I only travel occasionally. I just want to be able to pay a human in cash a fixed amount for a trip form A to B.
I do not want a semi-functional (as it has turned out) gizmo with (equally semi-functional) whistles and bells which requires that I operate an account, pre-rent an electronic card, swipe it left right and centre and potentially have "errors" charged to my account if they cannot be proven to be system faults.
Why, oh why, can we not learn the "simple" lesson? Keep it simple, stupid (or KISS as it is referred to) and keep your customers happy. You can have all the discounted fares, periodicals and what ever you like and you can even offer them coded onto a piece of plastic but for goodness sake why do we have to abandon the simplest of public transport customer service principles of being able to pay cash at a known fare to someone as we start our journey?
No-one has yet offered a plain-English answer to this. We have had all sorts of techno-speak and propoganda (in general - not confined to this forum) in response but $1.5 BILLION later the question has not been answered.
And having trudged a lonely path for several years as Myki was developed, rolled out and now rolled back somewhat I now see there are other voices crying in the wilderness and gnashing teeth. Welcome to the dark side. We believe in cash and customer service!
We're on the same page, Gwiwer.
The answers are really complicated and buried back in time.
Peter Bachelor was swift-talked into it by slick IT sales people who told him that Metcard was about to break down (not the truth) and Melbourne would be left behind as other cities were going that way. In those days there was an unexpected river of money flowing in from our unprecedented housing boom and they were looking for things to spend it on. It was obvious from the start that the system was going to be engineered so that the customers have to meet the requirements of the system -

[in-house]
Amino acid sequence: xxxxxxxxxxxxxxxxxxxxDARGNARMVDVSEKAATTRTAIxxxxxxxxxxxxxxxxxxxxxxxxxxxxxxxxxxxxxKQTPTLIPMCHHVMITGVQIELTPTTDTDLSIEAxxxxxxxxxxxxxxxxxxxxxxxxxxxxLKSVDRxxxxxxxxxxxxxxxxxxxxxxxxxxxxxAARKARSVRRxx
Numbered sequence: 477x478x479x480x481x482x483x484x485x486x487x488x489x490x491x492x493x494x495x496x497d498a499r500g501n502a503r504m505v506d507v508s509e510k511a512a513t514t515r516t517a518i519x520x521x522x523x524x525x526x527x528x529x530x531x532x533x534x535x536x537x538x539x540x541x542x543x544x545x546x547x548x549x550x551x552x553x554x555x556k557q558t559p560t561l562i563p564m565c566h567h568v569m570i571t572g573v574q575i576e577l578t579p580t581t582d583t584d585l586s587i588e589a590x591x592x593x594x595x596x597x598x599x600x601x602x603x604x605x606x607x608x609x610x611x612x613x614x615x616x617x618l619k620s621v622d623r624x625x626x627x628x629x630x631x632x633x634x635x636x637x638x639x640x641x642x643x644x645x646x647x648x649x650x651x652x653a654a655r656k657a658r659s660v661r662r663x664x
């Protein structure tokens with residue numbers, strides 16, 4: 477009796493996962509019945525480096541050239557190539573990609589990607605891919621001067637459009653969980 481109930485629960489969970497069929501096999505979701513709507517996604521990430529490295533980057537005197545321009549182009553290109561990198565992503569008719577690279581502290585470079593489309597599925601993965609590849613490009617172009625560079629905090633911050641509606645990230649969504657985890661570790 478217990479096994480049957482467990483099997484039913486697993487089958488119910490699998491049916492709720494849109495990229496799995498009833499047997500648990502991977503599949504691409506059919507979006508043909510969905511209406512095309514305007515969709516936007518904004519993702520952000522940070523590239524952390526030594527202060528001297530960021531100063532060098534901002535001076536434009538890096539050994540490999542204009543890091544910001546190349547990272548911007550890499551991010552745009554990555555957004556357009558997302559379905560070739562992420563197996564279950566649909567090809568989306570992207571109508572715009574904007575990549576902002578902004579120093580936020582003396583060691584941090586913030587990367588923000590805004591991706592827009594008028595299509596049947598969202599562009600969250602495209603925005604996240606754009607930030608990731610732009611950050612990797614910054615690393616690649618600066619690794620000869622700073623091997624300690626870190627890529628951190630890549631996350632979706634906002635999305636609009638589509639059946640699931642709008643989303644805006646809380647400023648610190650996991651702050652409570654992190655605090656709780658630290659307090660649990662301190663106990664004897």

not the other way round. My first clue was the announcement a few years ago that passengers needed to familiarise themselves with the Myki Operations Manual. What? You mean there's a manual?
The problem of being hostile to cash is an old one. Everyone hates cash collection because it (ironically) costs money to do it but the weight of the law still says you are entitled to buy a service with it - hence this half-hearted attempt with TVM's and forcing you to buy a plastic card. The problem is that you aren't always in a situation where you can keep sufficient credit on some stupid debit card and the 90-day account lock-out is just sheer bloody-mindedness designed to add another layer of frustration to a system already structured to deter occasional users, the very people you should be trying to attract to public transport.
The other problem is the sheer unreliability of the system, in all it's modes. As I have mentioned previously I've been ripped off when trying to touch off on the rail system and ALL the validators are out of action at your destination. On this topic I have noticed that when they locate them exposed to the weather they appear to be much more unreliable (water damage?), common sense that they should avoid this wherever possible but again you don't associate common-sense with myki, do you. In this situation you are charged the default for the day which I must admit is only a few dollars more but it's happened frequently enough to make you really worry when they talk about 11 zones on V-Line (oh God please don't take away cash ticketing on V-Line!).
Now for the scoop. My own theory (hang onto your hats!) is that the secret advice that Baillieu got early in his premiership from Deloitte indicated that making myki slightly more customer unfriendly (removing some functionality such as short-term ticketing) would help with load-shedding on the busiest sections of the system as occasional users will be deterred from using it by the inflexibility of the ticketing. This is why they've resisted releasing it, they're embarrassed by the cynicism of that decision.
IN the meantime Gwiwer, you and me are stuck with it. It's the biblical mark-of-the-beast, isn't it... you can't leave home without it!